Commands by georgesdev (1)

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"at" command w/o the resource usage/competition issues
EXAMPLES jb "next sun 12pm" "/bin/sh ~you/1.sh" & jb "2010-08-29 12:00:00" "~you/1.sh" & jb "29aug2010 gmt" ". ~you/1.sh" & jb 12:00p.m. "nohup ./1.sh" & jb 1min "echo stop!" & SEE ALSO parsedate(3) strftime(3)

ignore .DS_Store forever in GIT
With a couple of little commands, you?ll be able to ignore the .DS_Store files forever from your git repositories on mac! The following command will add the .gitignore file to the git configuration git config --global core.excludesfile ~/.gitignore then, the following, will add the .DS_Store to the list echo .DS_Store >> ~/.gitignore

Create a tar file with the current date in the name.
Same, but count of signs is little less :) .

Convert seconds to [DD:][HH:]MM:SS
Converts any number of seconds into days, hours, minutes and seconds. sec2dhms() { declare -i SS="$1" D=$(( SS / 86400 )) H=$(( SS % 86400 / 3600 )) M=$(( SS % 3600 / 60 )) S=$(( SS % 60 )) [ "$D" -gt 0 ] && echo -n "${D}:" [ "$H" -gt 0 ] && printf "%02g:" "$H" printf "%02g:%02g\n" "$M" "$S" }

Quickly get summary of sizes for files and folders
Use this as a quick and simple alternative to the slightly verbose "du -s --max-depth=1"

Which processes are listening on a specific port (e.g. port 80)
swap out "80" for your port of interest. Can use port number or named ports e.g. "http"

Stream and copy a video from lan
Requires a listening port on HOST eg. "cat movie.mp4 | nc -l 1356 " (cat movie.mp4 | nc -l PORT) Useful if you're impatient and want to watch a movie immediately and download it at the same time without using extra bandwidth. You can't seek (it'll crash and kill the stream) but you can pause it.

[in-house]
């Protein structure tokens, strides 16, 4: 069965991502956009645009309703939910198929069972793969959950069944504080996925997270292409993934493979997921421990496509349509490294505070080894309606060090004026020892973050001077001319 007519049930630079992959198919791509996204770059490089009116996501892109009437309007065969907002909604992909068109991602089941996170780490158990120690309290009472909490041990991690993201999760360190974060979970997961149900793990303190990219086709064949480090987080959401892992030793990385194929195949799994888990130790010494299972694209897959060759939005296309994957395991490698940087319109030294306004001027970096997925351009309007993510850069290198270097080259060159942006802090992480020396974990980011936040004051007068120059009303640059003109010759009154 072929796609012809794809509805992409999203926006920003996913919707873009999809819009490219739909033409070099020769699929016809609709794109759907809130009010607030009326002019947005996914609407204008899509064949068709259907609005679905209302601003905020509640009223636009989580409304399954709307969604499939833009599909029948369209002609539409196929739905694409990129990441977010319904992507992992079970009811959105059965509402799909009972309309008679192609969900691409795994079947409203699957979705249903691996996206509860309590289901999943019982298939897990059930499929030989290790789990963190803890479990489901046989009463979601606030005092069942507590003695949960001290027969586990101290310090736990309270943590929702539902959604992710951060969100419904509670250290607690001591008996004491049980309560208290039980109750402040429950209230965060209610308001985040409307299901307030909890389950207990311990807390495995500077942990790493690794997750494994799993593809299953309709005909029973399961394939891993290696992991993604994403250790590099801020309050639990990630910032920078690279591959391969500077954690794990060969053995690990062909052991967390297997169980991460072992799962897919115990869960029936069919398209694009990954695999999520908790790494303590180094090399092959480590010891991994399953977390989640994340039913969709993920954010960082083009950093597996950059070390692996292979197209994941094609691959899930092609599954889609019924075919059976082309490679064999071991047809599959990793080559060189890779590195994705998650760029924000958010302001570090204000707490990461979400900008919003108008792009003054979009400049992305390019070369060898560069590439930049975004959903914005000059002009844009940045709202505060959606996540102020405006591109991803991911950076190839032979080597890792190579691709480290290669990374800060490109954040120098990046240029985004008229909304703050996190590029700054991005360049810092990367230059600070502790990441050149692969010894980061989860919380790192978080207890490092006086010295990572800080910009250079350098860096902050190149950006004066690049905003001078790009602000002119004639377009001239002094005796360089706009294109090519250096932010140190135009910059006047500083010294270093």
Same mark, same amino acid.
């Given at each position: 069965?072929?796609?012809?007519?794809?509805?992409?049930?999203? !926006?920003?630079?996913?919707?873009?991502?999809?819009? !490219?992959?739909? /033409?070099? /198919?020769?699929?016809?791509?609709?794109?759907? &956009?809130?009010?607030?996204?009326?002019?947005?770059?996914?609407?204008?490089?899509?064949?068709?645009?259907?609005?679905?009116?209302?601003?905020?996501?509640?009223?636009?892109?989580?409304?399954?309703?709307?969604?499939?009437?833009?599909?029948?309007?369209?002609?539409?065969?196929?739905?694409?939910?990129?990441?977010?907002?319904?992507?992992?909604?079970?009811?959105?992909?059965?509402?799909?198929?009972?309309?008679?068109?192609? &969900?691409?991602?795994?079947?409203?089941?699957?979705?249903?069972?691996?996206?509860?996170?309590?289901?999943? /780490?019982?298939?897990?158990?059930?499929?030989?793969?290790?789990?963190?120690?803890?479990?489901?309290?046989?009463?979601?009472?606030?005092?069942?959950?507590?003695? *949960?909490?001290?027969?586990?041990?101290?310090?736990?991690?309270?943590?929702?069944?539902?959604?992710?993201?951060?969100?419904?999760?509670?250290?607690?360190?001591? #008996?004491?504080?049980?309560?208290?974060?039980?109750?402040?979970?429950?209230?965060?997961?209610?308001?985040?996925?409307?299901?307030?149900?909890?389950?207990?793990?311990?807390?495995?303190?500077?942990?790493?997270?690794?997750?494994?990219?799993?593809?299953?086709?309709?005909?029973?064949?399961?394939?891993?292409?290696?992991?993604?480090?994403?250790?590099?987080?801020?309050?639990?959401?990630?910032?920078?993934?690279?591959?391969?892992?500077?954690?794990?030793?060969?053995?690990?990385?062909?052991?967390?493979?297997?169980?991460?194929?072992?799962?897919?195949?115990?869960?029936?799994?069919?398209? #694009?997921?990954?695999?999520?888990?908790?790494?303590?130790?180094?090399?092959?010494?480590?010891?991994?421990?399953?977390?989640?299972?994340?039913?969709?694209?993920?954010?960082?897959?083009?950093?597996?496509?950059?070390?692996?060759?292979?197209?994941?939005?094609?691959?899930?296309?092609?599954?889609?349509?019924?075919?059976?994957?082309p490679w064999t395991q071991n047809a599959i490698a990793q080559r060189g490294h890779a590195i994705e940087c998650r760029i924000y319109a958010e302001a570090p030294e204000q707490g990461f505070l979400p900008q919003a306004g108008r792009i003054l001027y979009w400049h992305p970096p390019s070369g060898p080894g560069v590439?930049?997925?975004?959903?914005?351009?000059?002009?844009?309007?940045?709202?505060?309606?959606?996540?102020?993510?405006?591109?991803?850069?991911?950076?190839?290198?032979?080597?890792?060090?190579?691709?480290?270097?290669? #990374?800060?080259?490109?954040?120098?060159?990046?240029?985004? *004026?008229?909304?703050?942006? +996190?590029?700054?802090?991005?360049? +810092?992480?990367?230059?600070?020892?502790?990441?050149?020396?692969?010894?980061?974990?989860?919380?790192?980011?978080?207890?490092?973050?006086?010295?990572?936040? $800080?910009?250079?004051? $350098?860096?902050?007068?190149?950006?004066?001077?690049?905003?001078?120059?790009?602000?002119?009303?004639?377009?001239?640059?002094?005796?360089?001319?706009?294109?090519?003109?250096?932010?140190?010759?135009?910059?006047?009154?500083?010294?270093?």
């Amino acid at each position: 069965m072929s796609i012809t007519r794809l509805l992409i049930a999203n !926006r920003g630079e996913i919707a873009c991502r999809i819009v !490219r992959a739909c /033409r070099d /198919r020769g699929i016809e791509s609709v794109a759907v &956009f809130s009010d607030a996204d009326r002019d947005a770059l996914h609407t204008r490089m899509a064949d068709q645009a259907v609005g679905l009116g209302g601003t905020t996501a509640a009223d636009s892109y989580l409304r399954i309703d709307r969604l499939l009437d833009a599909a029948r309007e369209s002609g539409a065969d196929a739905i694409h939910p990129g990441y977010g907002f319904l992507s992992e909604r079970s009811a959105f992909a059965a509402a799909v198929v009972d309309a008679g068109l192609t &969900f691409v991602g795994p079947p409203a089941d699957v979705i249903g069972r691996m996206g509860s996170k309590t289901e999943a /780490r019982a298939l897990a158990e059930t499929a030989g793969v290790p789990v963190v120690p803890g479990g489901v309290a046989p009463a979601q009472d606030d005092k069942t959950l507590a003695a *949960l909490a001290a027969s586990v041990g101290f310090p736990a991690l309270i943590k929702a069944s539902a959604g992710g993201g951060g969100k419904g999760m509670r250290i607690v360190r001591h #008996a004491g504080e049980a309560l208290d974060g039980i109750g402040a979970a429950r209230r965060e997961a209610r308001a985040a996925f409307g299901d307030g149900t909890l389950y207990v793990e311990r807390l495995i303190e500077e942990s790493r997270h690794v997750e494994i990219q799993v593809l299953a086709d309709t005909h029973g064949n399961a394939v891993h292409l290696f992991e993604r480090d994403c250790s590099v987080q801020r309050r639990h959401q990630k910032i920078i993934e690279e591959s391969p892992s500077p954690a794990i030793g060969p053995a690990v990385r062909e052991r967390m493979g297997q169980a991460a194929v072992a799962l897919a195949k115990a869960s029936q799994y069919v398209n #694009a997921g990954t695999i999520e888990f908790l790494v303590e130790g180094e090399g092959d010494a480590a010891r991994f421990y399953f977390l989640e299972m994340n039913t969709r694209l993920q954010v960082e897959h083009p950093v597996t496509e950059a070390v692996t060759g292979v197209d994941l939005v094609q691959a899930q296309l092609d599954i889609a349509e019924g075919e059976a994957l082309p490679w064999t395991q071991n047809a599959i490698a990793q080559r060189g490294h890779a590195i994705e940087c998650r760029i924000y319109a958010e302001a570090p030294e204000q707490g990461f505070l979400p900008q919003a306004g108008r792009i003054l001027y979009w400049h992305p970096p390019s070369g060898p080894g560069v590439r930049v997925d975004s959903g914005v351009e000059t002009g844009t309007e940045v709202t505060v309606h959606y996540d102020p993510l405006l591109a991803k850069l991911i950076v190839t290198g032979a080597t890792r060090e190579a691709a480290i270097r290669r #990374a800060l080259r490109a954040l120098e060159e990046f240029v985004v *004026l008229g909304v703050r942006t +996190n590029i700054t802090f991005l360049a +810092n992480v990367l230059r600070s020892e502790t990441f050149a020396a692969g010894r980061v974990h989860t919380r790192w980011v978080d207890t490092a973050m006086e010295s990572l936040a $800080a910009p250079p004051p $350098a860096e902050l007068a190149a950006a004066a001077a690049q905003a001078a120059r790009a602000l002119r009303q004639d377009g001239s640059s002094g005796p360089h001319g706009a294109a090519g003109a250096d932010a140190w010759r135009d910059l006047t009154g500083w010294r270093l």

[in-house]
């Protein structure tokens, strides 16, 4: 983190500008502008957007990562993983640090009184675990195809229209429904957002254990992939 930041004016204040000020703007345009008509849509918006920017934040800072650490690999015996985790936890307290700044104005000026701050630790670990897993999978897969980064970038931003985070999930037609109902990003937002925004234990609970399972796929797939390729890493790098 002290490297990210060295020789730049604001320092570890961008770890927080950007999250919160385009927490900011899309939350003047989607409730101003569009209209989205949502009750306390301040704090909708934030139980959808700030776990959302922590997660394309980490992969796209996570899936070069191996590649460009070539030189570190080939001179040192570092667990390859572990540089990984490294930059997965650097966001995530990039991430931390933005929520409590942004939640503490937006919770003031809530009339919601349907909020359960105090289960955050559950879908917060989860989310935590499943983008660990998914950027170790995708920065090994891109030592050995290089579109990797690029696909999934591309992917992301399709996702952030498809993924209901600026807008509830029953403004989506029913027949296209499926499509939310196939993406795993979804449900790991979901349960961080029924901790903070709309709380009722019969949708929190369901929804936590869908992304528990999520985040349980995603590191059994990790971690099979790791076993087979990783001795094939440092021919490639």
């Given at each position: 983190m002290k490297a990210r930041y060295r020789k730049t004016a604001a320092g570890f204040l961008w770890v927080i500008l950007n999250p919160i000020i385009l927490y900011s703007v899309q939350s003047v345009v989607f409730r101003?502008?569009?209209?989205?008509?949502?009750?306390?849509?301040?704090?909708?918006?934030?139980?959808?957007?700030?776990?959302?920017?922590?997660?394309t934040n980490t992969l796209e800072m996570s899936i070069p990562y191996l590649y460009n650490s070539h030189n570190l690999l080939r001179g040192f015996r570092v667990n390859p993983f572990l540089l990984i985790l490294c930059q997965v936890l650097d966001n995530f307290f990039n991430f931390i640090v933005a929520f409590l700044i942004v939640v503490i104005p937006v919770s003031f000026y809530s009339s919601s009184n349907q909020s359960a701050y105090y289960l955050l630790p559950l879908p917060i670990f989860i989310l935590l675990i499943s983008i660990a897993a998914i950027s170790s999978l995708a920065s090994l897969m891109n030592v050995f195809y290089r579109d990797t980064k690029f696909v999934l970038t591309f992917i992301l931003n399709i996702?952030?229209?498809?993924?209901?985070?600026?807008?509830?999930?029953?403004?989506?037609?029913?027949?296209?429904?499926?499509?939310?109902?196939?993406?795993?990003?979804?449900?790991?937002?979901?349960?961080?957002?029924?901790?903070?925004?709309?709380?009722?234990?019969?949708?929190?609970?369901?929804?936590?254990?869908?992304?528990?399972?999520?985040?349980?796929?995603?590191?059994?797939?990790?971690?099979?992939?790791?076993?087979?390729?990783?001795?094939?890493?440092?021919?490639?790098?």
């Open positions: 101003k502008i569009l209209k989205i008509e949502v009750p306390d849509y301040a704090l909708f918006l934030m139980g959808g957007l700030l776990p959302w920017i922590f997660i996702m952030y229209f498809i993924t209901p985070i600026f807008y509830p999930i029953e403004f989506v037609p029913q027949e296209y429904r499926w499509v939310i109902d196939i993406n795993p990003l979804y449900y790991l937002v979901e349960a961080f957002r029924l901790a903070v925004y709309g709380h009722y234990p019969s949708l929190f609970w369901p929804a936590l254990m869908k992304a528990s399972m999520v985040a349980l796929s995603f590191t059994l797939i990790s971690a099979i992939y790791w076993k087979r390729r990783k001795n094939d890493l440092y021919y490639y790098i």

diff will usually only take one file from STDIN. This is a method to take the result of two streams and compare with diff. The example I use to compare two iTunes libraries but it is generally applicable.
diff is designed to compare two files. You can also compare directories. In this form, bash uses 'process substitution' in place of a file as an input to diff. Each input to diff can be filtered as you choose. I use find and egrep to select the files to compare.

Securely destroy data (including whole hard disks)
GNU shred is provided by the coreutils package on most Linux distribution (meaning, you probably have it installed already), and is capable of wiping a device to DoD standards. You can give shred any file to destroy, be it your shell history or a block device file (/dev/hdX, for IDE hard drive X, for example). Shred will overwrite the target 25 times by default, but 3 is enough to prevent most recovery, and 7 passes is enough for the US Department of Defense. Use the -n flag to specify the number of passes, and man shred for even more secure erasing fun. Note that shredding your shell history may not be terribly effective on devices with journaling filesystems, RAID copies or snapshot copies, but if you're wiping a single disk, none of that is a concern. Also, it takes quite a while :)

Find last reboot time
Specific to OSX.


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